For six and a half years, the Mail & Guardian’s Sipho Kings has been the forerunner – and often a lone voice – in environmental reporting in SA. Grethe Kemp asks him about getting us all to care about green issues.
Sipho Kings is known widely for his journalism on South Africa’s environmental issues, and completed a Nieman Fellowship at Harvard University last year.
Now, he’s the Mail & Guardian’s news editor. We asked him about getting South Africans to care about the planet.
This week is #Trending’s long overdue environment edition. Getting people to care enough to read about environmental issues is something I’m sure you know a lot about. What was it like trying to inform readers for so many years?
I was the lone environmental reporter at the M&G, and increasingly became an endangered species over the years.
Every time other publications did retrenchments, they would get rid of their environmental reporters first.
So from the aspect of working on that beat, it was quite depressing seeing so many other voices vanish.
One thing South Africa has always had environment-wise is the best legislation in the world.
But that seems to be changing.
While other places might not be hiring environmental reporters, they’re getting freelancers to do stories.
You can see they know it’s an important beat and they’re trying to cover it. So that’s been interesting and hopeful.
Now that you’re doing news for M&G, what are the paper’s plans for covering the environment?
We’ve had a lot of conversations about the fact that there are basically no black people doing environment reporting.
It’s a huge issue because the environment is a social justice issue and there’s so much baggage from apartheid.
our goal is to try to bring young black reporters into the beat through internships and training.
So our goal is to try to bring young black reporters into the beat through internships and training.
That way we have a new generation of reporters who reflect the country they report on better.
It sounds like a good move. I think a lot of the time the environment is seen as a “white” beat.
That reflects in the things that are chosen to be reported about. So much of our environment journalism is about animals and animal rights, and less about human issues.
In my opinion, that reflects on the background of who’s doing the reporting – because we report on what we know and what we empathise with.
When you’re speaking to audiences, it’s very hard to convince people to care about climate change, because you don’t understand their day to day reality so you can’t chat to them about that.
I feel like concern about the planet has increased, in quite a big way, in the past two or three years. Is that an accurate observation?
Yes, and I think it’s about resonance. The Cape Town drought, the storms in Mozambique and the water restrictions in the highveld really affected people.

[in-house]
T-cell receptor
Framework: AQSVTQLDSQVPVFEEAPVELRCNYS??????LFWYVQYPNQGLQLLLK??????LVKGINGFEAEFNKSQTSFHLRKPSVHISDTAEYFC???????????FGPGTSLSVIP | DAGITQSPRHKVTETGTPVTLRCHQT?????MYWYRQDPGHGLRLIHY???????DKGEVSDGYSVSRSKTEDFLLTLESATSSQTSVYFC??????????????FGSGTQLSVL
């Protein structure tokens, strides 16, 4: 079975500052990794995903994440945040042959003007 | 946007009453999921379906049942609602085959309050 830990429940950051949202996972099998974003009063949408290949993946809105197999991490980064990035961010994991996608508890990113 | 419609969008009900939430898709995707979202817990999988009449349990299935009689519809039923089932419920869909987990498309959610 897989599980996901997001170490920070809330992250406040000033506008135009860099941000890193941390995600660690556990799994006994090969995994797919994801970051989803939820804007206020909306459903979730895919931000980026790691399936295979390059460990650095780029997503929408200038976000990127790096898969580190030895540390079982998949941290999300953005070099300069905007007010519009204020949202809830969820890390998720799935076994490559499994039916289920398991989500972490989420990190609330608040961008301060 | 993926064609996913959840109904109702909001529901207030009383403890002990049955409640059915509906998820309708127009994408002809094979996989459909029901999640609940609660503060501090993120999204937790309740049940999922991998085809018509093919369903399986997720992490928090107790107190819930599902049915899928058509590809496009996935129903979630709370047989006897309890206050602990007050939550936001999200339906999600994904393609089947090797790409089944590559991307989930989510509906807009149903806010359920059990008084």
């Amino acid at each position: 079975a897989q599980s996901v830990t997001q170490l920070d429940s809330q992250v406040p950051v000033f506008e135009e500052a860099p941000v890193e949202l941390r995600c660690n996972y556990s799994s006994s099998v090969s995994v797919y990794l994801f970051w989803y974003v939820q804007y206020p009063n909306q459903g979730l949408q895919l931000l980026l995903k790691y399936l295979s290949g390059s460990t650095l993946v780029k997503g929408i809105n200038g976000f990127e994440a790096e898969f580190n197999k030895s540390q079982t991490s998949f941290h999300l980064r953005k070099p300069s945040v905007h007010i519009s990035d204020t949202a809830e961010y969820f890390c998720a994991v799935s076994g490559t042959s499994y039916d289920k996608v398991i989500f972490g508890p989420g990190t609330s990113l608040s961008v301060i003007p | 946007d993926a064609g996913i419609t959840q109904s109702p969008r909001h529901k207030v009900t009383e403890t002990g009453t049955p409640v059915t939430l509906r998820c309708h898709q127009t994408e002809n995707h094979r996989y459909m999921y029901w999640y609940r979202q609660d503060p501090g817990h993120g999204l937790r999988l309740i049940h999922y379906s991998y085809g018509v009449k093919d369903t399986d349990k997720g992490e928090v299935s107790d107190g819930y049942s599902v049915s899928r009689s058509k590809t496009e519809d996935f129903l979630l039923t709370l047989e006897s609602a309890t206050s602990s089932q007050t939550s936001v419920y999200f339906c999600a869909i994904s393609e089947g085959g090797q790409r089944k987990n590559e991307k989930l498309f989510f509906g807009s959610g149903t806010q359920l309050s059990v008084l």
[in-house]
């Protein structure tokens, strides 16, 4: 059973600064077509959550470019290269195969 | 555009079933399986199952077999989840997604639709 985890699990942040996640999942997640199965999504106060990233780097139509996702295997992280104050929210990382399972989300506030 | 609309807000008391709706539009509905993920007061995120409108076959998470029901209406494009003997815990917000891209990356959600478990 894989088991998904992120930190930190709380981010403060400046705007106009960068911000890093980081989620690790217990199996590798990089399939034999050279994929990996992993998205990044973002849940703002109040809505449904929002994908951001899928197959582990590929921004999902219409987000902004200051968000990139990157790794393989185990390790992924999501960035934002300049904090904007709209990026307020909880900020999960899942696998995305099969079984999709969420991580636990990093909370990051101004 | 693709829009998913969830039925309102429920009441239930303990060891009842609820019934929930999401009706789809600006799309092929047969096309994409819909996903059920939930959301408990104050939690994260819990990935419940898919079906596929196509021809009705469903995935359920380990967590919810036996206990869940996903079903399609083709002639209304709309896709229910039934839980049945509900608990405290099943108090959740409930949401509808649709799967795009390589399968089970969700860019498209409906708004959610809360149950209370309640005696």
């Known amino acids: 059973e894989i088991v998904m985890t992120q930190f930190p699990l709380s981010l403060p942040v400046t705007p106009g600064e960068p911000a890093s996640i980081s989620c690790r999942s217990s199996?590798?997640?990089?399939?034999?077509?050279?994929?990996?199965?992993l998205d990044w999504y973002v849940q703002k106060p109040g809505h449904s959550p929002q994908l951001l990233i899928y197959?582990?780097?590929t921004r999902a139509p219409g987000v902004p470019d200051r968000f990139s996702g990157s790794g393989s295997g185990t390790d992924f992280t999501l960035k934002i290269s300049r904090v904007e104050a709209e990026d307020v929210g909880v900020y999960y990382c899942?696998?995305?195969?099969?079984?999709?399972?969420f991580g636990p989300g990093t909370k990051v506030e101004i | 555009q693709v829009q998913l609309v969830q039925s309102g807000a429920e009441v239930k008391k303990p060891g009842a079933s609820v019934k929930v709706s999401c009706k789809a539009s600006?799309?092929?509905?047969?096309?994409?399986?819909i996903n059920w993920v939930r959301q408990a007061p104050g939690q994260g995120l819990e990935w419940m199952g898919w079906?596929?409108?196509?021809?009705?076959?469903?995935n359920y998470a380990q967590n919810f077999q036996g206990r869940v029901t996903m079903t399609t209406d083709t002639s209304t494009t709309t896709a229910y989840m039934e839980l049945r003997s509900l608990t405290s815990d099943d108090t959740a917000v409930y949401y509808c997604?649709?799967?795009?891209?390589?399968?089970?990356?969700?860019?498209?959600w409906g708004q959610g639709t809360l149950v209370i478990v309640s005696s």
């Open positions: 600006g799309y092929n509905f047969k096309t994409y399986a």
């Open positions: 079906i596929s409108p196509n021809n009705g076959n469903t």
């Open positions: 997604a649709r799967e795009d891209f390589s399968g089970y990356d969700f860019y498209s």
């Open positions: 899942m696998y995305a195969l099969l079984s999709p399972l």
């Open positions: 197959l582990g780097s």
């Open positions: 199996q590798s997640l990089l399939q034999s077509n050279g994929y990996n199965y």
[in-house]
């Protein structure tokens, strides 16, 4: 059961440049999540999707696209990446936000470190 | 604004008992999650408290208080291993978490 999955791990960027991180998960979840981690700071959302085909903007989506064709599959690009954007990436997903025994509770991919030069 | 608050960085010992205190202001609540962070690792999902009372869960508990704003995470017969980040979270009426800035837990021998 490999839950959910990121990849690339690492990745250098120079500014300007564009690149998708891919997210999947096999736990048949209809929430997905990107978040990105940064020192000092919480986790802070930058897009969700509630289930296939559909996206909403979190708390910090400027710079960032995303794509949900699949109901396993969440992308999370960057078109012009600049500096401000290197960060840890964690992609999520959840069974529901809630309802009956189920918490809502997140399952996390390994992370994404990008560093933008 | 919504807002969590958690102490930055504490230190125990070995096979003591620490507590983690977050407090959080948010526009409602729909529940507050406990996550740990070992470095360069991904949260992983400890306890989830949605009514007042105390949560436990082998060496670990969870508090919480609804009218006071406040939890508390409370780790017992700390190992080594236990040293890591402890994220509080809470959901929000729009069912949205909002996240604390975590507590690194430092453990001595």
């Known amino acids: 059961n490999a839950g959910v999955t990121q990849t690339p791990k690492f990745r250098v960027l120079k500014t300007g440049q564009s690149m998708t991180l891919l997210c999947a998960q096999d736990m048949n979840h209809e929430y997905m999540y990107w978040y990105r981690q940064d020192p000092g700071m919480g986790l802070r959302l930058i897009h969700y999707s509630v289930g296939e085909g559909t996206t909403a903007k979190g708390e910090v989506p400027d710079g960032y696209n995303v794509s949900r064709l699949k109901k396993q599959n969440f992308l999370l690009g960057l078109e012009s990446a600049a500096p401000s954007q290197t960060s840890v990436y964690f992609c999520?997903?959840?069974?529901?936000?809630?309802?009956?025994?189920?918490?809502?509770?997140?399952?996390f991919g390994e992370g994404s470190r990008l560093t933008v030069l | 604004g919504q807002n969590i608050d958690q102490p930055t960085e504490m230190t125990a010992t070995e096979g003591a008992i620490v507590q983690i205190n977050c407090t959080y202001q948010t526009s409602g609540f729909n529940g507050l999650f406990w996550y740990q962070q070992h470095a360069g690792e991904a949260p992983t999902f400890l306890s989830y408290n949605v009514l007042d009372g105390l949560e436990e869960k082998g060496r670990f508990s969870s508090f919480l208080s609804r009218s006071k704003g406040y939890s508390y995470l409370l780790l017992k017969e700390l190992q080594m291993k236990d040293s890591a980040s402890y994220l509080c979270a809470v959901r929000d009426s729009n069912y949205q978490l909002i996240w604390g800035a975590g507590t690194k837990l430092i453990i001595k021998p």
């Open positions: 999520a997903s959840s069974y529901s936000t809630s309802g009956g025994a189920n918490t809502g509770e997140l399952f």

These events were partly exacerbated by climate change, so it’s been a good hook for people to talk about climate change and to say ‘look, it’s actually affecting you’.
At the same time, plastic has really gained public attention. Why do you think that is?
It’s interesting, because environmental reporters have been talking about different issues for decades, and it’s strange which topics gain traction.
I think it’s because we all use plastic bags and straws and interact with plastic every day, so it’s something very real to everyone.
Climate change doesn’t feel real because we can’t see it, whereas a plastic straw is something we can see. Plastic use is a big problem, but something we can easily fix.
My brother lives in Spain, and he was very surprised to see many South African restaurants now use paper instead of plastic straws.
Apparently, Spain is nowhere near that. Are we, perhaps, a little bit ahead of the curve?
One thing we’ve always had environment-wise is the best legislation in the world.
We have one of the only constitutions in the world that guarantees citizens the right to a clean environment, which is a huge deal.
We’re definitely way ahead of the world in terms of symbolic leadership.
Basically we have to start making changes, because the alternative is that we’re all screwed.
In international climate change negotiations, we have a huge platform for such a relatively small country.
Many of your stories dealt with the climate crisis. From where you stand now, are we still really, really screwed?
*Laughs* This is one of those debates that environment journalists have all the time – the duty to tell readers what’s really going on, but still offering them hope.
The truth is, technologically we’ve started developing tools to remove carbon dioxide from the atmosphere.
But because we’ve done basically nothing since we first found out about the climate crisis in 1960 (in fact we’ve just emitted more carbon) we’re locked into bad climate change now.
And this is going to affect the people who have the least the most, and that’s guaranteed to happen.
What do you wish all of us would be doing, when it comes to the environment?
It starts with everyone having an idea of what it costs the planet for you to exist. And the higher up you are economically, the bigger your impact.
Basically we have to start making changes, because the alternative is that we’re all screwed. We have to all start doing this to make things better for all of us.